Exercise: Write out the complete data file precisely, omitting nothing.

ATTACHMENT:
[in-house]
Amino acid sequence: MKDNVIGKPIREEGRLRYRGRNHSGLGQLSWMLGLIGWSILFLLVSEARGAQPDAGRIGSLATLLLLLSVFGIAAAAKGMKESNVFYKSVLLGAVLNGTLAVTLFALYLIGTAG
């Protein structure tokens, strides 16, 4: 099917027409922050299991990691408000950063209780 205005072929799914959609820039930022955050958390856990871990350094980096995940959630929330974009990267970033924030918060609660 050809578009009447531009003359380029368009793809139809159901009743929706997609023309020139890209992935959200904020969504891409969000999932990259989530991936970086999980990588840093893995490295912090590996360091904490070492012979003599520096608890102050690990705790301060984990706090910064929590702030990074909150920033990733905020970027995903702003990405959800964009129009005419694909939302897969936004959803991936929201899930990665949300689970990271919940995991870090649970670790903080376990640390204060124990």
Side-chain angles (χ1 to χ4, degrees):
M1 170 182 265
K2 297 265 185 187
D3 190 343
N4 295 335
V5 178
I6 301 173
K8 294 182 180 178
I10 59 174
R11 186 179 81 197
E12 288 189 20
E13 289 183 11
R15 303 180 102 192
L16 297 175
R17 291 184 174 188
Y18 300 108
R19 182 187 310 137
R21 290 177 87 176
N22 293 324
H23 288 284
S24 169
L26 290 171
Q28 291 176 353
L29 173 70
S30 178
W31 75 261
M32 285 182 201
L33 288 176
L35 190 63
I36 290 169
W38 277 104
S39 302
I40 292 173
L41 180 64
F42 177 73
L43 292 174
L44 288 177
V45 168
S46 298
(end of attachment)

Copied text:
[in-house]
Amino acid sequence: MKDNVIGKPIREEGRLRYRGRNHSGLGQLSWMLGLIGWSILFLLVSEARGAQPDAGRIGSLATLLLLLSVFGIAAAAKGMKESNVFYKSVLLGAVLNGTLAVTLFALYLIGTAG
């Protein structure tokens, strides 16, 4: 099917027409922050299991990691408000950063209780 205005072929799914959609820039930022955050958390856990871990350094980096995940959630929330974009990267970033924030918060609660 050809578009009447531009003359380029368009793809139809159901009743929706997609023309020139890209992935959200904020969504891409969000999932990259989530991936970086999980990588840093893995490295912090590996360091904490070492012979003599520096608890102050690990705790301060984990706090910064929590702030990074909150920033990733905020970027995903702003990405959800964009129009005419694909939302897969936004959803991936929201899930990665949300689970990271919940995991870090649970670790903080376990640390204060124990």
Side-chain angles (χ1 to χ4, degrees):
M1 170 182 265
K2 297 265 185 187
D3 190 343
N4 295 335
V5 178
I6 301 173
K8 294 182 180 178
I10 59 174
R11 186 179 81 197
E12 288 189 20
E13 289 183 11
R15 303 180 102 192
L16 297 175
R17 291 184 174 188
Y18 300 108
R19 182 187 310 137
R21 290 177 87 176
N22 293 324
H23 288 284
S24 169
L26 290 171
Q28 291 176 353
L29 173 70
S30 178
W31 75 261
M32 285 182 201
L33 288 176
L35 190 63
I36 290 169
W38 277 104
S39 302
I40 292 173
L41 180 64
F42 177 73
L43 292 174
L44 288 177
V45 168
S46 298